A couple of ideas here:
1) You said nothing was wet, but were your top, bottom and socks the same ones you hiked in? If they were, they almost certainly contained some residual moisture. If your sleep system is warm enough, you *can* dry your hiking clothing in your bag. But, don't try to dry damp socks on your feet -- the heat of vaporization needed to dry the socks will surely make your feet cold. Wear dry, spare socks instead. And, if you are trying to dry damp socks, remove them and stuff them in your torso layers somewhere.
2) I believe the x-lite thermo has a thin layer of insulation on the top only. If you also use a blue pad for additional warmth, it should go on top of the x-lite pad. Otherwise convection currents in the x-lite (especially at the pad edges) will greatly reduce the benefit of the blue pad.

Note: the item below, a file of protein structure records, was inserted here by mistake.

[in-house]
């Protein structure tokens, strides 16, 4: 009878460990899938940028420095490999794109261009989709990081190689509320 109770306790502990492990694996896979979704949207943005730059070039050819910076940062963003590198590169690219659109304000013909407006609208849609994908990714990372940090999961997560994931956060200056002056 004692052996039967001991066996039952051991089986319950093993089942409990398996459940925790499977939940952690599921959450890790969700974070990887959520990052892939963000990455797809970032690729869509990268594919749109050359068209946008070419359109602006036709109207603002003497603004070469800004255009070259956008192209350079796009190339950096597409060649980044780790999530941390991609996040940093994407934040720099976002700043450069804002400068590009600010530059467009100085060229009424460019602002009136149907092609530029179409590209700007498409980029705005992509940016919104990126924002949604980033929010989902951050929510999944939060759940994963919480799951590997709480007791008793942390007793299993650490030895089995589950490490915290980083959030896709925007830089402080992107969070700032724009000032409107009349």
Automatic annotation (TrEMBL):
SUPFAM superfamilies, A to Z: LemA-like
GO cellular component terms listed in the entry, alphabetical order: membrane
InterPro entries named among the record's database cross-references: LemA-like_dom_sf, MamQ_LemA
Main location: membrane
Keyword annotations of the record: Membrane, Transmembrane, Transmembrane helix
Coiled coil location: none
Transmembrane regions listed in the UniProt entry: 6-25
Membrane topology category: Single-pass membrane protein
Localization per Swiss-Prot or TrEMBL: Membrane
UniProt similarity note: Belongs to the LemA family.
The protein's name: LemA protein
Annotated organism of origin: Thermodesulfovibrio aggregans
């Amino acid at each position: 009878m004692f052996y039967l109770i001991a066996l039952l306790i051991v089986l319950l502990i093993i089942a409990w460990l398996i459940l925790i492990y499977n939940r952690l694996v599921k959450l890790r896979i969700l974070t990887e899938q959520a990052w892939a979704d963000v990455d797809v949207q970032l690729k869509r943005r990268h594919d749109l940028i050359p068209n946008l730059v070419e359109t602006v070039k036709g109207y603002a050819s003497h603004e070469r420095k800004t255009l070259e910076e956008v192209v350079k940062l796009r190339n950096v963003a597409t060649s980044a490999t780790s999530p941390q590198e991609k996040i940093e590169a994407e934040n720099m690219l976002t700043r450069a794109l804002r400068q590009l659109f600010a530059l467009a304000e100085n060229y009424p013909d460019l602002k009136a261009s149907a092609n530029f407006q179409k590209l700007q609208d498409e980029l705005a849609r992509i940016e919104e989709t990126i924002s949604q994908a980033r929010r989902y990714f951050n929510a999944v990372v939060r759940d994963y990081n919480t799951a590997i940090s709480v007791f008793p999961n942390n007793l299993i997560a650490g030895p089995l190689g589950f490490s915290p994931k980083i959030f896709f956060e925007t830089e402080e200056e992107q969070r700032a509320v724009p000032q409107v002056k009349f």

3) Eat Well -- you need fuel in your body to generate the heat you need at night.
4) If you have the fuel, and get really cold, boil some water, put it in your water bottle/bladder/whatever, and place it between your thighs to warm the blood through your femoral artery. (Make sure to have enough insulation between a really hot bottle and your bare skin though.)
5) If you still need more leg insulation, try putting your pack under your legs in addition to the pad(s).
Hope this helps.